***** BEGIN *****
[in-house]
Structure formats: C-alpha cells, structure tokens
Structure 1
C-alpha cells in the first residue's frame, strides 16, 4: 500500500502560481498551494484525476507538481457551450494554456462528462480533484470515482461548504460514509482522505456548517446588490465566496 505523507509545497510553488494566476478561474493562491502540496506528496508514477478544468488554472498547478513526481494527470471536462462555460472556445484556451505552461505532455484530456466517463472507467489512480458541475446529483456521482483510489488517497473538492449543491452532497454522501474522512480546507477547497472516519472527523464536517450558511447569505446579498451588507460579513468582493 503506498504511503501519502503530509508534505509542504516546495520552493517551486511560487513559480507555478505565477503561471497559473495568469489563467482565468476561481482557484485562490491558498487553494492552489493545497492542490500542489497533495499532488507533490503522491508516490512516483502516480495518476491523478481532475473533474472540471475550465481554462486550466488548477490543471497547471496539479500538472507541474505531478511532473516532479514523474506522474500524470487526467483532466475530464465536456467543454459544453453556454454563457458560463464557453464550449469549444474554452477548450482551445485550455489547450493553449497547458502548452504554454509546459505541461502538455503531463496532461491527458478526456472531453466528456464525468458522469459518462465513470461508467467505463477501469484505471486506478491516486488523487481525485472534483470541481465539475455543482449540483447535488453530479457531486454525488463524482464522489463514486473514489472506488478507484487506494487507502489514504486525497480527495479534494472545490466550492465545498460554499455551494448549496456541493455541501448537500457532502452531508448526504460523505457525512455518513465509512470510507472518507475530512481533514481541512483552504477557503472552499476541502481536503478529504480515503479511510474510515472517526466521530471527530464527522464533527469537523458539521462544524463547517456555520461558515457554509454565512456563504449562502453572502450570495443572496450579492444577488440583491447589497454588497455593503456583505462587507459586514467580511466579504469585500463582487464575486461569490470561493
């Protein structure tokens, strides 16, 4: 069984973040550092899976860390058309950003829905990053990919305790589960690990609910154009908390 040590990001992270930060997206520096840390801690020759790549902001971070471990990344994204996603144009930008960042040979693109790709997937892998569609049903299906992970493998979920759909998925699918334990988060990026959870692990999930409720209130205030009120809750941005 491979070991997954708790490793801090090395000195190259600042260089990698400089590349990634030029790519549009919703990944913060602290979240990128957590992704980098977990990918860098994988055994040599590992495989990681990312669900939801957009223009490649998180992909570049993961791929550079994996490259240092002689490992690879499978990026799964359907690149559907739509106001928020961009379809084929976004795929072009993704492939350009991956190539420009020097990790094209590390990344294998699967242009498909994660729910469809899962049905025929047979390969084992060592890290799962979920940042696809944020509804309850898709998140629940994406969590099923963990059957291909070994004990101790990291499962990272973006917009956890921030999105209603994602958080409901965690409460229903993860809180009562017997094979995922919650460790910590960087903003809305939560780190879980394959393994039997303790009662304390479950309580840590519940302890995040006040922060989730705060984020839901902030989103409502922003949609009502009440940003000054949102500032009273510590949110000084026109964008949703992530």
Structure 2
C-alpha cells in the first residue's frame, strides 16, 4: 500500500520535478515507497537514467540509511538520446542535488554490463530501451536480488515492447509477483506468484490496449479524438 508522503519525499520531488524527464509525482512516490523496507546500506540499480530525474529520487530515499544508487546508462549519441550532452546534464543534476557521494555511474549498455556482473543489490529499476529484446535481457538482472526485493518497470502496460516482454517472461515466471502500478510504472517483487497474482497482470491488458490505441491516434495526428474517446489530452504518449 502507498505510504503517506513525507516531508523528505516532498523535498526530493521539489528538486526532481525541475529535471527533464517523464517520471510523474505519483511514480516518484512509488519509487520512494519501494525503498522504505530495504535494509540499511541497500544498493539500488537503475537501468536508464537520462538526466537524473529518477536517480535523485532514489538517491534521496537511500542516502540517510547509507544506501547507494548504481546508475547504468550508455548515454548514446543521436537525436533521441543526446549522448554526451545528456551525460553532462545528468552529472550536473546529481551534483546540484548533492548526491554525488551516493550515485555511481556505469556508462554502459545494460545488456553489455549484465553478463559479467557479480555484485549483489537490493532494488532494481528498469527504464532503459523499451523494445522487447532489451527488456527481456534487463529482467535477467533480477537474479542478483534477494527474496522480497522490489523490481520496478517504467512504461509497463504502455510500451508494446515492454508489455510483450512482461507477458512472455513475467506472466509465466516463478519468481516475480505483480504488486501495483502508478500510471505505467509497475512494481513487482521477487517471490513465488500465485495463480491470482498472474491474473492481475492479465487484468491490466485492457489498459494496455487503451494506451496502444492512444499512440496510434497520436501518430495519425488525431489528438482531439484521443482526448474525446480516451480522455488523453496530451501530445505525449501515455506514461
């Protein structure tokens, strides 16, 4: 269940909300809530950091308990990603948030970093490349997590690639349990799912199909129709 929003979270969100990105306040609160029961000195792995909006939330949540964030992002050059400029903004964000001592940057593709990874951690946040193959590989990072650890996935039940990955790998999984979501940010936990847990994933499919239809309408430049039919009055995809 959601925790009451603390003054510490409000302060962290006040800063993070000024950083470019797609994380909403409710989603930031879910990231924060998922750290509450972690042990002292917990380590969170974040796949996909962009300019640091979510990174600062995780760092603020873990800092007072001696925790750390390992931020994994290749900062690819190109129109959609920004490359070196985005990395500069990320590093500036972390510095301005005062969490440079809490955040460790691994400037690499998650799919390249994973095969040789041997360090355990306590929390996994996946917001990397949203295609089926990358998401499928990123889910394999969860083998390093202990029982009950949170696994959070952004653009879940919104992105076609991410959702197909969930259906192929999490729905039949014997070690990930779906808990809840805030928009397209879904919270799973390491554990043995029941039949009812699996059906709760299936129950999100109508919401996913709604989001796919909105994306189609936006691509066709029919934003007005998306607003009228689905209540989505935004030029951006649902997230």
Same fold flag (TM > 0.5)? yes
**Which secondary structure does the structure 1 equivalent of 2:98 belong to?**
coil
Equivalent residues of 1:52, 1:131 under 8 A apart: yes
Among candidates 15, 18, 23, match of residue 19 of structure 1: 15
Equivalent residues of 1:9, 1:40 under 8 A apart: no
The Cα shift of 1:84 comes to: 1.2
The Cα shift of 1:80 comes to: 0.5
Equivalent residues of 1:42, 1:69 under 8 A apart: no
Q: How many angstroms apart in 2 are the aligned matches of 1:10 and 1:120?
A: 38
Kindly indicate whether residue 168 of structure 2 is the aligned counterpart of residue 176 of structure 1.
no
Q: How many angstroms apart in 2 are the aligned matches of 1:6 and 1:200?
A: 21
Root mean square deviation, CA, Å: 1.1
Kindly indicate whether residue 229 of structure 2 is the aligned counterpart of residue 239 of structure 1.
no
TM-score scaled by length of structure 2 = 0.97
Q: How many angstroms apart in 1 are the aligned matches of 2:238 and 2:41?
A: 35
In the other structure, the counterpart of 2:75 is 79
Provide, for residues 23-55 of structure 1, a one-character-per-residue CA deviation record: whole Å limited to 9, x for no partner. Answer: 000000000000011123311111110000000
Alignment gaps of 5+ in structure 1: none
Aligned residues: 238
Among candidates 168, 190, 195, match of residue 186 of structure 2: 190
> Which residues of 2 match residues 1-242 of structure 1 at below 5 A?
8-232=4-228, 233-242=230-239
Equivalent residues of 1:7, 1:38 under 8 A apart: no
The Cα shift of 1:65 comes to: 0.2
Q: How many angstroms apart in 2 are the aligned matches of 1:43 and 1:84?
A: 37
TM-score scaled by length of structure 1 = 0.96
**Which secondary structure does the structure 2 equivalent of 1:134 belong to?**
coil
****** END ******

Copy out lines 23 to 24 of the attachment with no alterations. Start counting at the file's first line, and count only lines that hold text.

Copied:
A: 21
Root mean square deviation, CA, Å: 1.1